I spent a lot of time this week thinking about memorable Christmas gifts. One reason was an assignment from work to record what other’s most memorable gifts were. Another reason was that I wanted to make sure our family made some memorable choices this year.
Looking back, I really do not remember special gifts I got as a child, though I am sure there were many. I do remember experiences though. One year my older sister and I decided to have all our stuffed animals give each other gifts. To accomplish this, we wrapped up every toy in the house, using newspaper, tissue paper, even toilet paper, when we ran out of all else.
It was great fun! We had stacks of presents under the Christmas tree and each evening spent hours re-arranging and planning who would open what, and when. I actually do not remember the opening part, just the fun of choosing toys from the closet and wrapping them all up.
When I look at the current wish list for teenagers at our home, I wonder how memorable more video games for Christmas could be.
There was a time when I did not think buying video games was a good idea. As a parent, I thought they had too much violence, too much bad language, got in the way of more important things for kids to do with their time, like chores, homework, reading, and communicating with parents.
I still believe those things about video games, but I now also believe video games are another way people can connect with each other. The benefits might actually outweigh the detriments.
Nothing makes a mother smile more then to hear all four of her children laughing uproariously together in the living room, working as a team to kill zombies. The fact that they are working together, defending each other, defeating the enemies of the world is more memorable than then exact mission of the game. It is hilarious to listen to as well, and sometimes they talk about the funny parts for days after.
Then there are those sports games that even I can get into. So, maybe I am not such a good volleyball player on a screen, but it is not my fault the kids always give me the quirky controller and my character always gets hit in the head!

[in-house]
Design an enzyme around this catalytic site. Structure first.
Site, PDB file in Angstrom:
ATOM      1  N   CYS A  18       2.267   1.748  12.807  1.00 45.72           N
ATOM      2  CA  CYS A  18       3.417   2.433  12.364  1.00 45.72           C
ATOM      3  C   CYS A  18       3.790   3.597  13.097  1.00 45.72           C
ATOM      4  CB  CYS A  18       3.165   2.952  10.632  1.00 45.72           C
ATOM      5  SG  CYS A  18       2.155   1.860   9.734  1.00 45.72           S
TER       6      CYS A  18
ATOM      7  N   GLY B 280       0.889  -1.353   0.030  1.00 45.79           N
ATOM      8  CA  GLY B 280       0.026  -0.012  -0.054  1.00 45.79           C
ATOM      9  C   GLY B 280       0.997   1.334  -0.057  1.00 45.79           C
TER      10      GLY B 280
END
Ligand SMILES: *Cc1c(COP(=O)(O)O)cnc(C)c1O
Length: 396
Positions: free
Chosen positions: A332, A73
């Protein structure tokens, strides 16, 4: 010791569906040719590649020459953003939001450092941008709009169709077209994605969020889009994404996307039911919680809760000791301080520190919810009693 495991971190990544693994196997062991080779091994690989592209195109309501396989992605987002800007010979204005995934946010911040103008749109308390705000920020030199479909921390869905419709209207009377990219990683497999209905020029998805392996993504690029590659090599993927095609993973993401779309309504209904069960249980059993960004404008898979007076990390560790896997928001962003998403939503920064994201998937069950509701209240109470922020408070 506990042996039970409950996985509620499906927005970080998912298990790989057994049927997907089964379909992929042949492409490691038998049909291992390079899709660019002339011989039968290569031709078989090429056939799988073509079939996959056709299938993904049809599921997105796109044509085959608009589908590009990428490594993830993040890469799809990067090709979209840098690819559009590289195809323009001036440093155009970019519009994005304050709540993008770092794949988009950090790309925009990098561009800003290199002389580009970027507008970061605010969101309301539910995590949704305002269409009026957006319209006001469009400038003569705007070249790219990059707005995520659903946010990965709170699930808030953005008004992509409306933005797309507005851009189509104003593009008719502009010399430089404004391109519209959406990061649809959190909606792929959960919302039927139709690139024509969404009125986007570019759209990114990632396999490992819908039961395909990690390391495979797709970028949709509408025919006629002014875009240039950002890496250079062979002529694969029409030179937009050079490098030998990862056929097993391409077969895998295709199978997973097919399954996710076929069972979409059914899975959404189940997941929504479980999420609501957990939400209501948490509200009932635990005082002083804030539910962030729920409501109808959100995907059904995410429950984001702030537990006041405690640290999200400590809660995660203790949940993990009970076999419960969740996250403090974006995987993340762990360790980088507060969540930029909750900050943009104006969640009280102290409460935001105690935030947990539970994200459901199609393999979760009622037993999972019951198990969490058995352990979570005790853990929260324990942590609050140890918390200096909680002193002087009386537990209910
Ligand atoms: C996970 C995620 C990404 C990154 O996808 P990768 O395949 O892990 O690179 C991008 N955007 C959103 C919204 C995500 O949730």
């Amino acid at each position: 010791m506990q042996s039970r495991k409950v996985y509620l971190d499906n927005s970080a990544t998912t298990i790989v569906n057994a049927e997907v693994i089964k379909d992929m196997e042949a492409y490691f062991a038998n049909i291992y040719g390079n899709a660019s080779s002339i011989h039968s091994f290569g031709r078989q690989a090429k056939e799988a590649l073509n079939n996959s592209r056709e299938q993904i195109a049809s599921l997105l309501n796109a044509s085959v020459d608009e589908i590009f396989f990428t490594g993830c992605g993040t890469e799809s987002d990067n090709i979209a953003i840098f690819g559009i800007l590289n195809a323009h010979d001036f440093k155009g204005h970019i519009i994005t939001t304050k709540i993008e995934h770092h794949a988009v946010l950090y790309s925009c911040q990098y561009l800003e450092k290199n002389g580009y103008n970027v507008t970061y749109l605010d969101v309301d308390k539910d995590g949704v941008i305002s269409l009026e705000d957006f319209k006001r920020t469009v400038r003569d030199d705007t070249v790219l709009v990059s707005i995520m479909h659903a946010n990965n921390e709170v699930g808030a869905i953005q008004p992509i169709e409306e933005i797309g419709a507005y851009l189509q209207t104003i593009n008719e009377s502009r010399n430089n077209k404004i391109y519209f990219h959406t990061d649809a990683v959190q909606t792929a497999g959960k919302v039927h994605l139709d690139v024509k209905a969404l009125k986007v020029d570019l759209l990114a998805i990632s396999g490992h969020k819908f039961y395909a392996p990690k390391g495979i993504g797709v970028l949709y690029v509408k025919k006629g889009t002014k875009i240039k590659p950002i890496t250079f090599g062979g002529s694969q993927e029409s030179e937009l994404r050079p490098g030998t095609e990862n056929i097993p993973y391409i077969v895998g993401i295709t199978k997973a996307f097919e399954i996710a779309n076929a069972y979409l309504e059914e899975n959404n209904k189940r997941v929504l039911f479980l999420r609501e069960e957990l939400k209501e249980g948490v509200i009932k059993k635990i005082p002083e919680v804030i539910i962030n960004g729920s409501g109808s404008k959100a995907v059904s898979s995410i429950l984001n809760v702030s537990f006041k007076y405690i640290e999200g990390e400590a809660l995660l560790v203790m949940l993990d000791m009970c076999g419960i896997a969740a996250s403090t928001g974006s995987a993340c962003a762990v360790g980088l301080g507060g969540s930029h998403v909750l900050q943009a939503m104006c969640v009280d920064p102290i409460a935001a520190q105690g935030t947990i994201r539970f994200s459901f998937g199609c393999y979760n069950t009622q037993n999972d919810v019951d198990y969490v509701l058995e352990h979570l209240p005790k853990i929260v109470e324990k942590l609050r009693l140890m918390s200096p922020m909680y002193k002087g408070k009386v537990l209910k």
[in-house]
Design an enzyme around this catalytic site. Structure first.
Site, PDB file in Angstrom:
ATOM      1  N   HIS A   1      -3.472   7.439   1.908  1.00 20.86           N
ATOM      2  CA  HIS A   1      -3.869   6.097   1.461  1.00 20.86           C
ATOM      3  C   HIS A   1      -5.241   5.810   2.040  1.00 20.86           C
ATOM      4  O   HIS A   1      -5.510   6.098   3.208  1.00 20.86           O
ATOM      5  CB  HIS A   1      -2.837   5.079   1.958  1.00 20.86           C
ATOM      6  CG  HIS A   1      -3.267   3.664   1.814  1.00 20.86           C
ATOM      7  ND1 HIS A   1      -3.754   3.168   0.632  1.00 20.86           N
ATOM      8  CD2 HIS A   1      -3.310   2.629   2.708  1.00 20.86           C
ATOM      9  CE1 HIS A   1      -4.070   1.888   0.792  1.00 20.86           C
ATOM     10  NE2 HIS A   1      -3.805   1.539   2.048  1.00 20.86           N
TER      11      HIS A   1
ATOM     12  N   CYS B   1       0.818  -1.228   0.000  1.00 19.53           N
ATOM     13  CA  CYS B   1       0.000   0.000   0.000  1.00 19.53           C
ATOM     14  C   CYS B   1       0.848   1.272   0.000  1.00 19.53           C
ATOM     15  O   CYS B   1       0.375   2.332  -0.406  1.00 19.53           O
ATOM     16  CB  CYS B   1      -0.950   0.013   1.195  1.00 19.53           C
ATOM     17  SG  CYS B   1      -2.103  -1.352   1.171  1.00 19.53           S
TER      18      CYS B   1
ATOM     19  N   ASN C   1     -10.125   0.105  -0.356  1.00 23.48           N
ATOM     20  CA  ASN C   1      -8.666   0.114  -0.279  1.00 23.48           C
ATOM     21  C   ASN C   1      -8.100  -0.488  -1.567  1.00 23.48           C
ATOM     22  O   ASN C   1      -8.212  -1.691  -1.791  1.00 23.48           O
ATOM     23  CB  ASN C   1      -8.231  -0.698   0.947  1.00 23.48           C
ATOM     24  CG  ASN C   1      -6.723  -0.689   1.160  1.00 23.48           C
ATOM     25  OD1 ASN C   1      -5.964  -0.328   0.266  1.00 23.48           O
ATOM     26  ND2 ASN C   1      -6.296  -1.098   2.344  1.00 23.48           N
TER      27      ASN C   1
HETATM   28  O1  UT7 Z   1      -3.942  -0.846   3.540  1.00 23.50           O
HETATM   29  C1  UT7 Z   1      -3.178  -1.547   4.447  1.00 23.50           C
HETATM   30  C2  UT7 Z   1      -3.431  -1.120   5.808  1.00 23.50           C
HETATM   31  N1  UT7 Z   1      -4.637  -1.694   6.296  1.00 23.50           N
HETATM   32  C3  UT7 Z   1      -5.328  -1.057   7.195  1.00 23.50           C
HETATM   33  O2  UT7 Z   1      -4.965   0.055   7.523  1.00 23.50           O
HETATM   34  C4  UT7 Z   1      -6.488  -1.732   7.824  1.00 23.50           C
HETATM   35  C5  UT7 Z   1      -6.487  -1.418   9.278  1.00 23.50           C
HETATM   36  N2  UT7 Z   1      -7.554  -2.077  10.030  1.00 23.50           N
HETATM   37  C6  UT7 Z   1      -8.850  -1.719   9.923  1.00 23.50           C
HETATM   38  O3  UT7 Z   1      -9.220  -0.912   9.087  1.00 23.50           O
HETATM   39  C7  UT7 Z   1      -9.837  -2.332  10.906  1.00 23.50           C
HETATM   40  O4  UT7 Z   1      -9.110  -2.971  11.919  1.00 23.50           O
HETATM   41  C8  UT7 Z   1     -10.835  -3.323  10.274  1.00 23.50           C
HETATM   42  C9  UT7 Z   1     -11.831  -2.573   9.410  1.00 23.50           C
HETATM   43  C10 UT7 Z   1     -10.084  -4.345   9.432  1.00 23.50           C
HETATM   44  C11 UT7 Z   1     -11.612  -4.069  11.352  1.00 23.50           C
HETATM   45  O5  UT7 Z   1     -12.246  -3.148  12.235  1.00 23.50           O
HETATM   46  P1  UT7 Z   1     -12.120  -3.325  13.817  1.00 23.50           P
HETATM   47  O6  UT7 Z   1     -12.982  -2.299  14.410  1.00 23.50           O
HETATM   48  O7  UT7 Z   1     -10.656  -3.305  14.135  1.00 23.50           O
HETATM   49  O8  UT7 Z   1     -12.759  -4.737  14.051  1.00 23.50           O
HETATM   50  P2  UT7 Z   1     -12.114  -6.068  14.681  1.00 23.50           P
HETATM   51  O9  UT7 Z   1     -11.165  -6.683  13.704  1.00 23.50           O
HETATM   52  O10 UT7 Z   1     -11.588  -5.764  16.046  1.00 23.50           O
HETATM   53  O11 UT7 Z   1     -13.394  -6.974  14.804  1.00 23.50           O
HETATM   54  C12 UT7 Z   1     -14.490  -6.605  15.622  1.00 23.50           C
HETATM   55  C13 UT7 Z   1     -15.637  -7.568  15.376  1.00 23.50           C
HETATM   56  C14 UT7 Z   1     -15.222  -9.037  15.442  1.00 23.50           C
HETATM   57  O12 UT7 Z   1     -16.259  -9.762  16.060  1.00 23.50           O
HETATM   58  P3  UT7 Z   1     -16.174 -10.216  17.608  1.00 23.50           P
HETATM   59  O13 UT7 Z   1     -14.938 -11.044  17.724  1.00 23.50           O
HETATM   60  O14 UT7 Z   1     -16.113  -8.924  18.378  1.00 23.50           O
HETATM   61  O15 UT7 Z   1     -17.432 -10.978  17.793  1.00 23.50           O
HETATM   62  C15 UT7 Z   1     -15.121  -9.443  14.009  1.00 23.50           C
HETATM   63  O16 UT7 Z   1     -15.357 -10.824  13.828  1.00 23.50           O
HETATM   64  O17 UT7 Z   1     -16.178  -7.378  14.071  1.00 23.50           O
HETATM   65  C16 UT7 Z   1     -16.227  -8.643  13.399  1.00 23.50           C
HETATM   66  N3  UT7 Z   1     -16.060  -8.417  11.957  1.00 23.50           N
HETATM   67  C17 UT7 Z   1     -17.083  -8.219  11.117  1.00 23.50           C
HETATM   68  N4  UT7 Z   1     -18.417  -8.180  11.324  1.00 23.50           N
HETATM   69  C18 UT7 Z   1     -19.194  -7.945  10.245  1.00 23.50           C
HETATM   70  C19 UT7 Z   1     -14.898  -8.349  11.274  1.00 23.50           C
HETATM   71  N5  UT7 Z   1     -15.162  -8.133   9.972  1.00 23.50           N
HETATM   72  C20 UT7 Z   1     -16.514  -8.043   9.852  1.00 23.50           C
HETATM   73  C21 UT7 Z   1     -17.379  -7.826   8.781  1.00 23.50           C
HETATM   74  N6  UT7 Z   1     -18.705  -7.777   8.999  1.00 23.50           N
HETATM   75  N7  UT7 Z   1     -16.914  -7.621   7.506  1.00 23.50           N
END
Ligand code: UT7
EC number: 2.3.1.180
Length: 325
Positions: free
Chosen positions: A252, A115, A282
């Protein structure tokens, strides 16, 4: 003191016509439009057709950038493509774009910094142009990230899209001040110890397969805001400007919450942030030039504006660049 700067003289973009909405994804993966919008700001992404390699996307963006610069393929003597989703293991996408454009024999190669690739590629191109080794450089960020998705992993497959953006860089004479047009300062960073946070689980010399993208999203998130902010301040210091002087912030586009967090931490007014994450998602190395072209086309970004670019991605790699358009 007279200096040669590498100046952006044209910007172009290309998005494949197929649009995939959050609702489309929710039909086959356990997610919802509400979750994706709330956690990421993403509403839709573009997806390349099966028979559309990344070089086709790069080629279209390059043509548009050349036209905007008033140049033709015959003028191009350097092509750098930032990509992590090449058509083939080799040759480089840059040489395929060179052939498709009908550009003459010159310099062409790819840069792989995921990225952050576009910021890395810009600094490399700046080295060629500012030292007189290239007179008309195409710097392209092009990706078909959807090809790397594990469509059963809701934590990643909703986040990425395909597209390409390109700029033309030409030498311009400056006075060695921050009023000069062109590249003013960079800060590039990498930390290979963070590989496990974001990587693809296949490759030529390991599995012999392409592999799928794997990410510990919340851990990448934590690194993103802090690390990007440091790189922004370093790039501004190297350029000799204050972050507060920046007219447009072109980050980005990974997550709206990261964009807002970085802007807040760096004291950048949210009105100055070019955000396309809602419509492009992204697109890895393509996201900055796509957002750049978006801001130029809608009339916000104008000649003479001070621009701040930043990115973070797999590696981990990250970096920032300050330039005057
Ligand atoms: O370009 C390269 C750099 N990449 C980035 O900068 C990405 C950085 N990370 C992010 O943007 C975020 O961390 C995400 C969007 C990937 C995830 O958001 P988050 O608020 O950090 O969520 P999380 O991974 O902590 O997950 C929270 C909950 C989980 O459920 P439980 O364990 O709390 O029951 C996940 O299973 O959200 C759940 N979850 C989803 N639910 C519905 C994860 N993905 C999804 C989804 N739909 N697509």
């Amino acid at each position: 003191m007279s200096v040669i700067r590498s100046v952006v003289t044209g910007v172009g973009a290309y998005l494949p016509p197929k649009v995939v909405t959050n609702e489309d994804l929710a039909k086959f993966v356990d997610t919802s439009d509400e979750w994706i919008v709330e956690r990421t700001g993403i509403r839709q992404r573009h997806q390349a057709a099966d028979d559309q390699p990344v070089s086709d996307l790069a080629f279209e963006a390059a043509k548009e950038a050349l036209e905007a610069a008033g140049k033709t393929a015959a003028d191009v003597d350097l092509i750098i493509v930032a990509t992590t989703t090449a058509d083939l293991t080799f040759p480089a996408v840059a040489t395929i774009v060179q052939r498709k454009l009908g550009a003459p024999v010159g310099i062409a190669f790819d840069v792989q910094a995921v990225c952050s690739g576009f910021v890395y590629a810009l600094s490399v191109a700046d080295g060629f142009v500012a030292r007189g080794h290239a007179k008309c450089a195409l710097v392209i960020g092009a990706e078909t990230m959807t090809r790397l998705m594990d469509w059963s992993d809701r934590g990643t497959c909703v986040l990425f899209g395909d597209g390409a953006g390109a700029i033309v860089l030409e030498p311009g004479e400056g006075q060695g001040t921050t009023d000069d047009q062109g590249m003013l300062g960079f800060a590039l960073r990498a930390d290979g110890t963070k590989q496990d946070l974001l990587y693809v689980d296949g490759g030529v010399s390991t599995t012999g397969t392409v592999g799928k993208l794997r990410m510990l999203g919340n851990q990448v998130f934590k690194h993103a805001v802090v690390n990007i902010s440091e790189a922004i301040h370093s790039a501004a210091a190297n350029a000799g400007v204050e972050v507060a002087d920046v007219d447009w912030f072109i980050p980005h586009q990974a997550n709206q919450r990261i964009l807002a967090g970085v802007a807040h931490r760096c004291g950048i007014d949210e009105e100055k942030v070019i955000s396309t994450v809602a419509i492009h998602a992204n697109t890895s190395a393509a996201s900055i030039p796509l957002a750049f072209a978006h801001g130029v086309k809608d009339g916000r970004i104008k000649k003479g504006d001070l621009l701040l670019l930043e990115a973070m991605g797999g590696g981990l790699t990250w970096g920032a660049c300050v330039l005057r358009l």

I also appreciate that fact that we can have bowling tournaments in the house and I do not have to worry about windows getting broken or remember how to keep score.
What often happens at our house is that a new game is played, and played, and played, until the entire course is run, and the game is beaten. Then it goes on a stack under the television to sit for weeks, until someone new comes over and the fun begins again. The best part is the sharing of tips and strategies to beat the games. It may not be the form of communication preferred by some, but it is memorable and fun.
Once the fun is done, it is time to take the game back and get another one. The opportunities for family and friend connections are limitless.
Since our living room openly connects to our kitchen, where I seem to spend a lot of time, I get to hear a lot of video game action.
I have pretty much gotten to the point where I can tune out the car crashes and sniper fire, but when the background music comes on between missions, or at the beginning or end of the game, I am all ears. Amazingly, most video games incorporate phenomenal sound tracks of classical or popular music. It is actually great listening.
One of the first games to make a big impression in our family was Zelda, back in the days of Sega and Ninetendo 64. When I hear that haunting melody, it takes me back to the days of my children’s childhood. It almost brings tears to a mother’s eyes.
The Zelda game even inspired further musical interest and a connection between grandmother and grandson in our family. One of my sons wanted an ocarina for Christmas, like the instrument played on Zelda. Grandma was so cool when she actually found one!
I believe the best Christmas gifts are ones that enable a connection between giver and the gifted. The important thing is not really the gift, but taking the time to connect with each other, around the gift.
Balancing the real meaning of Christmas with modern gift giving can be a stretch. It is all a balancing act.